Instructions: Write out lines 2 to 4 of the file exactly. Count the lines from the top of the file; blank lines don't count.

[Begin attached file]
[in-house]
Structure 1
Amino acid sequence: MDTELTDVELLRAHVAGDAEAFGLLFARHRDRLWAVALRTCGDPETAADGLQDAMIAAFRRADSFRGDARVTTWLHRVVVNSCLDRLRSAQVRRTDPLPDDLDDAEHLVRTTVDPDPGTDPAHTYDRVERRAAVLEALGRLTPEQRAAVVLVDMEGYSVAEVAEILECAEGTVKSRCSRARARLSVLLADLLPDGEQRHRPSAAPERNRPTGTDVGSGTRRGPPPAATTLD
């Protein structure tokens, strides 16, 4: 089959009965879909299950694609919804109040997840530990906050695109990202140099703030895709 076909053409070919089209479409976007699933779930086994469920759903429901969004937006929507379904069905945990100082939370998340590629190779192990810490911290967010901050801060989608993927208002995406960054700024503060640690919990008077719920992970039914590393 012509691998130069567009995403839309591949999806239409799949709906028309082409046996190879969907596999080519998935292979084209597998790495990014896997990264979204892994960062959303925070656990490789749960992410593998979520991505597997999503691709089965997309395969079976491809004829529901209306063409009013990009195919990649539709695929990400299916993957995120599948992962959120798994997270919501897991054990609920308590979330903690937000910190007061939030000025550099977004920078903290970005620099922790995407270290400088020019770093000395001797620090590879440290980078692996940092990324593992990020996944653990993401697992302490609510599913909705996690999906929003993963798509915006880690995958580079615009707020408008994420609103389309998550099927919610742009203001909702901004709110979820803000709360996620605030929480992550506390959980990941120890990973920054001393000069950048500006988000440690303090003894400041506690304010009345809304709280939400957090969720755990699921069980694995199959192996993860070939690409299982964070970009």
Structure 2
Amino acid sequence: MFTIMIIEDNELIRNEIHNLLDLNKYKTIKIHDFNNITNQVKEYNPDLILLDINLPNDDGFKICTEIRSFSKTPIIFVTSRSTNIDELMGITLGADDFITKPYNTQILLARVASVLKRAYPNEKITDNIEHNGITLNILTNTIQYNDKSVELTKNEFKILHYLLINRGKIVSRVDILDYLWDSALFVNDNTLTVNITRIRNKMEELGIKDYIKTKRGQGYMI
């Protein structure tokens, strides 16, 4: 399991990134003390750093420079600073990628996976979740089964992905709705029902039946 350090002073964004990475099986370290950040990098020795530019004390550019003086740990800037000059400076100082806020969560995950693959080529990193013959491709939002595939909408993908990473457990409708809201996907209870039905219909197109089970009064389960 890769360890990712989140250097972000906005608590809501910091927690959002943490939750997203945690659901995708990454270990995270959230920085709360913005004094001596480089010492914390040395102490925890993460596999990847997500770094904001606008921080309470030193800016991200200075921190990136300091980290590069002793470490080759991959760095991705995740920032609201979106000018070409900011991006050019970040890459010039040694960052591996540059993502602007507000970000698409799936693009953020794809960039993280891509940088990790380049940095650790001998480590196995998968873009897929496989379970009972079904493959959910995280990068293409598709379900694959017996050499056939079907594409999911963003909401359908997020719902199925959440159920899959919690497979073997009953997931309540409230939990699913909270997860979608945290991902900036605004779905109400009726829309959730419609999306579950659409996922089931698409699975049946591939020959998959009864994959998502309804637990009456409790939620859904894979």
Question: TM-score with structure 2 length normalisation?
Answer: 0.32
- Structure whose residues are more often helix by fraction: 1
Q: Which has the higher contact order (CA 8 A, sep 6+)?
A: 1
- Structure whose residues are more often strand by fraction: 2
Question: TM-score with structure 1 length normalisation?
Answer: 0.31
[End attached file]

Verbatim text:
Structure 1
Amino acid sequence: MDTELTDVELLRAHVAGDAEAFGLLFARHRDRLWAVALRTCGDPETAADGLQDAMIAAFRRADSFRGDARVTTWLHRVVVNSCLDRLRSAQVRRTDPLPDDLDDAEHLVRTTVDPDPGTDPAHTYDRVERRAAVLEALGRLTPEQRAAVVLVDMEGYSVAEVAEILECAEGTVKSRCSRARARLSVLLADLLPDGEQRHRPSAAPERNRPTGTDVGSGTRRGPPPAATTLD
């Protein structure tokens, strides 16, 4: 089959009965879909299950694609919804109040997840530990906050695109990202140099703030895709 076909053409070919089209479409976007699933779930086994469920759903429901969004937006929507379904069905945990100082939370998340590629190779192990810490911290967010901050801060989608993927208002995406960054700024503060640690919990008077719920992970039914590393 012509691998130069567009995403839309591949999806239409799949709906028309082409046996190879969907596999080519998935292979084209597998790495990014896997990264979204892994960062959303925070656990490789749960992410593998979520991505597997999503691709089965997309395969079976491809004829529901209306063409009013990009195919990649539709695929990400299916993957995120599948992962959120798994997270919501897991054990609920308590979330903690937000910190007061939030000025550099977004920078903290970005620099922790995407270290400088020019770093000395001797620090590879440290980078692996940092990324593992990020996944653990993401697992302490609510599913909705996690999906929003993963798509915006880690995958580079615009707020408008994420609103389309998550099927919610742009203001909702901004709110979820803000709360996620605030929480992550506390959980990941120890990973920054001393000069950048500006988000440690303090003894400041506690304010009345809304709280939400957090969720755990699921069980694995199959192996993860070939690409299982964070970009």